We've all seen them – horses being offered up as free to a good home. It can be so tempting to bring them home to the barn, but oftentimes free horses are actually quite expensive. Here's why.
Oftentimes horses which are being given away for free have significant physical or behavioral issues. If the owner is honest, then these issues will be disclosed up front in effort of finding a new home that is a good match for the horse. Unfortunately that’s not always the case, so in taking on a free horse, you may also be taking on underlying issues. One way to lessen the chance of this is to vet out the horse in the same way that you would when horse shopping. Having a pre-purchase exam performed on the horse can help to identify physical issues, while test riding the horse can sometimes reveal behavioral issues.
Cost of Care
If you already own a horse, you know firsthand how expensive just simply caring for a horse from month to month can be. A horse may be initially free, but you’ll need to be prepared for the long-term costs of owning that horse. In the case of a free horse, the cost of care may be even more expensive than it is for your average horse. A free horse may need rehabilitation time, professional training, special barn facilities, or special shoes, diet, or medication. If you are considering taking on a free horse, then you will want to be prepared for the potential costs associated with it.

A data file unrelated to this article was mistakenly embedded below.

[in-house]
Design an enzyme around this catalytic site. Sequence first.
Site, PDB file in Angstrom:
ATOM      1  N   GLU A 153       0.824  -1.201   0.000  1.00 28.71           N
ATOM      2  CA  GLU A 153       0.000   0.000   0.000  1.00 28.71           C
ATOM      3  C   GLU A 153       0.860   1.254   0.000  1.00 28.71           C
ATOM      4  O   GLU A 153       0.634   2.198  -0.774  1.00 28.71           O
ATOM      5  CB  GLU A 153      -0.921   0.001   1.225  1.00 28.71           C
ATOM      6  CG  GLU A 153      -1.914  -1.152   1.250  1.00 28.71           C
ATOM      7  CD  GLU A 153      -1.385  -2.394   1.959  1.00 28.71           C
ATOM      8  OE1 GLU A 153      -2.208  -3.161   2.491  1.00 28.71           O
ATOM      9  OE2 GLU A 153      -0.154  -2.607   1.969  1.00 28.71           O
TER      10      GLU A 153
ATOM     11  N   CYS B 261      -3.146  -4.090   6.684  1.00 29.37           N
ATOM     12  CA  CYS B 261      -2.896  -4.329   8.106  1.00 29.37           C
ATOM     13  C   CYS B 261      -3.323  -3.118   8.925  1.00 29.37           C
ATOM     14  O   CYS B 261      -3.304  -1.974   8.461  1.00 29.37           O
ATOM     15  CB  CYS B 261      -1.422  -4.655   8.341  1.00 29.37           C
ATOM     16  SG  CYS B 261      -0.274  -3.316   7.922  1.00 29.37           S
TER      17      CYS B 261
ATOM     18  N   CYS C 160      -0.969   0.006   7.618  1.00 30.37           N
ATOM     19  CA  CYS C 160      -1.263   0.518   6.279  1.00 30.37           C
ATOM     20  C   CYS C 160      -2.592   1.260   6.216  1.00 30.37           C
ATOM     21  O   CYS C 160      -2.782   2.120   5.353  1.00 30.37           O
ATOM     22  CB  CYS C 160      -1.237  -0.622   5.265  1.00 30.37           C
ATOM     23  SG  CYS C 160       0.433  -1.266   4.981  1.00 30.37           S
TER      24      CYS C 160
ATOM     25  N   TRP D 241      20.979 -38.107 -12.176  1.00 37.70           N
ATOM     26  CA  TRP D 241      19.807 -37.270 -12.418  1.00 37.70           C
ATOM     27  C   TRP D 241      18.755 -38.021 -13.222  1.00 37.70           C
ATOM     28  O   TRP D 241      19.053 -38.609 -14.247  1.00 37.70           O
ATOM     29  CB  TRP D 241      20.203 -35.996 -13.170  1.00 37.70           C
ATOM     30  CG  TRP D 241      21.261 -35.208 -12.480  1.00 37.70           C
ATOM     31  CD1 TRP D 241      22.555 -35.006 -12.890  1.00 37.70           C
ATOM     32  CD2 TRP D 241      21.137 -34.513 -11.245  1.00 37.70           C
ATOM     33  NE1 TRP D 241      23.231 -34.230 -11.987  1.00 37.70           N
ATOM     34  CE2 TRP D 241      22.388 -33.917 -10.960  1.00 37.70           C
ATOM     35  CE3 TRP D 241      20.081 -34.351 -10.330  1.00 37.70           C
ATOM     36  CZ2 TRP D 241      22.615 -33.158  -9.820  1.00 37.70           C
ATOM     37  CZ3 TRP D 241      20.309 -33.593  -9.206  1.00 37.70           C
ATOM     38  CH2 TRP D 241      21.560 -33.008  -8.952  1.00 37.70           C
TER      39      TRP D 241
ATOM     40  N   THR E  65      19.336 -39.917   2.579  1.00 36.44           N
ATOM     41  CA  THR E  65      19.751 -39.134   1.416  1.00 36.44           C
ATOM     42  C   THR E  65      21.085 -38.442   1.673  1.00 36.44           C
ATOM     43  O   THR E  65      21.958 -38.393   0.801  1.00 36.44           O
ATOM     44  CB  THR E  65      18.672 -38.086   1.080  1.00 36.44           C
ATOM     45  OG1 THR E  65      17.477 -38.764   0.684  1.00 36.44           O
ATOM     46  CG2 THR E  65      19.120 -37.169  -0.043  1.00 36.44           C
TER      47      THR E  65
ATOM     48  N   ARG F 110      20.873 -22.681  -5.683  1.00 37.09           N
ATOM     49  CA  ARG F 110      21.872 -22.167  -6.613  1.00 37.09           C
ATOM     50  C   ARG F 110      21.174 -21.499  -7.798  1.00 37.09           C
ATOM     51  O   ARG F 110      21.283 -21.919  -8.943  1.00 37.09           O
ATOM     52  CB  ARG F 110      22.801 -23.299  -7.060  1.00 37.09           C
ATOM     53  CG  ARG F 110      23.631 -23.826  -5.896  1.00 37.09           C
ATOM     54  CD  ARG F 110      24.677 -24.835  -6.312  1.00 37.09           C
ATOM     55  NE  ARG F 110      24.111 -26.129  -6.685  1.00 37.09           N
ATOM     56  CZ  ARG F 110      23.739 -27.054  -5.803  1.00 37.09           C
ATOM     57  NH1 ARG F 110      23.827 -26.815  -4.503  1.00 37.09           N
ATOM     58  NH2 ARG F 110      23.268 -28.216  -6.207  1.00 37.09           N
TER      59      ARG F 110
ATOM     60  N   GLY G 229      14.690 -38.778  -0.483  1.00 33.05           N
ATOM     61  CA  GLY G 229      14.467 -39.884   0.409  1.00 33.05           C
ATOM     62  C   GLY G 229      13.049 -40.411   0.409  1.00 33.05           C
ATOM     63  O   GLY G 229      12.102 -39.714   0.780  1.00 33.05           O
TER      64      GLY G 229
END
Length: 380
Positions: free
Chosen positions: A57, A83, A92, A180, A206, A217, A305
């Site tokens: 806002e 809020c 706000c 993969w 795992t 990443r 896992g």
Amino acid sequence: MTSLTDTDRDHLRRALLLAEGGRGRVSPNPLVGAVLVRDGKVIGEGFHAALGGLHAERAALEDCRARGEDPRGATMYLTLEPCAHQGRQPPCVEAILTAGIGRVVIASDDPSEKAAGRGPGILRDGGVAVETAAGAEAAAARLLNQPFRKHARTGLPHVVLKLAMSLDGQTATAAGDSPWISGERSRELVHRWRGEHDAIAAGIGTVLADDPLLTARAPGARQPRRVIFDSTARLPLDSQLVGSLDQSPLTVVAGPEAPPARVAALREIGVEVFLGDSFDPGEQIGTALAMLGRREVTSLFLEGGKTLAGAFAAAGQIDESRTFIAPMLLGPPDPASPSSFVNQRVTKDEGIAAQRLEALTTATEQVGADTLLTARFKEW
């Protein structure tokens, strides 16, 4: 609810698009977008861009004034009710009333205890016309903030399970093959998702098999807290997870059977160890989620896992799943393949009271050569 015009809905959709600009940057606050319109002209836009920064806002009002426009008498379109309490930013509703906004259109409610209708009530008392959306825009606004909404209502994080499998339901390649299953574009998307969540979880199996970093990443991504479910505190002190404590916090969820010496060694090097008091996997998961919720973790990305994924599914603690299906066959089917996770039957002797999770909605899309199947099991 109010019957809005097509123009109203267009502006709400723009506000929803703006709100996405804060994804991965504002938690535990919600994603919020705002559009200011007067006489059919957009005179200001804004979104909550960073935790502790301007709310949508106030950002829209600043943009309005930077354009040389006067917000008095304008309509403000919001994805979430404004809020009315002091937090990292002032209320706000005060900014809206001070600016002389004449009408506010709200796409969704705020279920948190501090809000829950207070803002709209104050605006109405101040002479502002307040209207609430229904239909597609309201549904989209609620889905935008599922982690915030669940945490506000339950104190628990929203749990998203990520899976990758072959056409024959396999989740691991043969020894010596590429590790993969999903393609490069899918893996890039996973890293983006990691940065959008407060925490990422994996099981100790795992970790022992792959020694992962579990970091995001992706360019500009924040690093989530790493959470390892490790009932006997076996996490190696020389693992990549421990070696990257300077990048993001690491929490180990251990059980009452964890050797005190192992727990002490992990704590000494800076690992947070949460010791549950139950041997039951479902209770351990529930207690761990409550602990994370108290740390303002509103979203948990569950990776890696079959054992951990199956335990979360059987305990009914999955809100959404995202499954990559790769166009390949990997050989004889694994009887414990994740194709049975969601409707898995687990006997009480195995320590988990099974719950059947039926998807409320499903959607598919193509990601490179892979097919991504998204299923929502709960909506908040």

Too Good to Be True?
When it comes to free horses, it’s best to listen to your gut if you think that the deal is just too good to be true. In some cases, yes, you might have a close friend or former trainer who truly wants to see their horse go to a good home or new situation. But when you’re dealing with an offer for a free horse from a stranger, and that horse seems like it would otherwise be marketable, then there’s probably a reason that the horse is being offered for free. Which isn’t to say to never take on a free horse. Sometimes the situation works out wonderfully, and you’ll hear of many horse owners who got some of their best horses for free or for a steal of a price. But remember that even if a horse is free, he can quickly run up hefty bills. Be careful when taking on a free horse, and treat the process with the same caution that you would use when buying a new horse.
Original Source: The Hidden Costs of the Free Horse